Can someone explain all the "prototype" cymbals?

Sprice

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I have an Istanbul Mehmet prototype cymbal that has no logos or stamps and just some notes scrawled on the back in marker. It's not like anything in their product line that I see. I'm confident in the lineage since I got it from a reliable source. But when I was googling "prototype" cymbals I found a bunch especially by Sabian and Zildjian that are called prototypes but they seem to be part of complete lines with multiples available of each model complete with logos. Is there something in the cymbal industry where there's a broader definition of prototype?
 

Mcjnic

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That is a very wide and ethereal definition where cymbals are concerned.
Some Prototypes are genuine one off cymbals created specifically for a customer.
Some are experimental cymbals at the factory.
Some are subjects that are created in the process of setting up a new line of cymbals.
Some are stamped that way when customers send their cymbals back to the factory for work.
… and on and on and on.
 

tomo221

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To me, "prototype" has evolved to be kind of the latest marketing buzzword among cymbal manufacturers for any non-catalog model. Regardless of exactly why the cymbal was made in the first place (lead-up to a new model, attempt at a custom request, someone in the factory just messing around, etc), any cymbal that's not in a manufacturer's catalog is usually sold off under the "prototype" moniker. The marketing strategy seems to be:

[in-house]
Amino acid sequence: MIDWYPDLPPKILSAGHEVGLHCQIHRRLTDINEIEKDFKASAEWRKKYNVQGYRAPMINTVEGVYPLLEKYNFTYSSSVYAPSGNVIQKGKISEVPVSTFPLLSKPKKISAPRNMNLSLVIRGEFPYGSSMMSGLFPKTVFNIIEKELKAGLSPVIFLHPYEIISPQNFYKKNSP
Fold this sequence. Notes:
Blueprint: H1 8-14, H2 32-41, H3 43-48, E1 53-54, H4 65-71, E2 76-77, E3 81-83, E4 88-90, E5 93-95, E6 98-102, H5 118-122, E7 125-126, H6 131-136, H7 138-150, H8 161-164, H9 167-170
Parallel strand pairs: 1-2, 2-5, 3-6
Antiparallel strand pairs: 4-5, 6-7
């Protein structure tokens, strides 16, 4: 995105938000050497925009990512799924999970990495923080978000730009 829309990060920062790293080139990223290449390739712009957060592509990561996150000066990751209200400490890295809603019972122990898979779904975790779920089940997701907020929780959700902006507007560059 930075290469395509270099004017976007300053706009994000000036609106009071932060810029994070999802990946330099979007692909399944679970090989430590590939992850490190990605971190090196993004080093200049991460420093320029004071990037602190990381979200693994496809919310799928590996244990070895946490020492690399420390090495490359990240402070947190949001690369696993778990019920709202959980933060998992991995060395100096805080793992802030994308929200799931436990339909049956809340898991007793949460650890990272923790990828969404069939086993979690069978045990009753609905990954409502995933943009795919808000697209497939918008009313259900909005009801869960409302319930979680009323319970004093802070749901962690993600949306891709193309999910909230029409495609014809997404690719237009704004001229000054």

"Hey, if you want something really special, don't settle for a model that anyone can get. Buy this one-off prototype that'll sound completely different from anything else that anyone has!" (That's not a criticism. I've fallen for it many, many times. It's fun to get something totally unique and extremely limited.)

Also, there have been some 'mini lines' labeled "Prototypes" along the way. When he was still at Z, Paul Francis would do short runs of replicas of old cymbals (I remember the "Nefertiti" ride, a Billy Higgins ride, 15" K Con hats, and a 24" Kerope, to name a few). He would make a handful of whatever design he was into at the time and let a dealer/dealers blow through them, but never with the intention of making them permanent fixtures in the Z catalog. Calling them "prototypes" sort of tacitly assured people that these models were very limited and not technically part of Z's standard offering. You'd never see an ad in MD for them. They wouldn't be at NAMM. You only knew about them from a dealer advertising that they were in stock, and once they were gone, they were gone. An easy way to sell a handful of cymbals indeed!
 

CC Cirillo

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I recall Mr. Francis explaining sometimes they’d make a special cymbal for an endorser and if he thought other drummers might like it he’d make a batch and take them to trade shows and such to see what other drummers thought of them for either feedback or to test marketing viability and if all systems were go, they’d possibly make it into the line, or some line.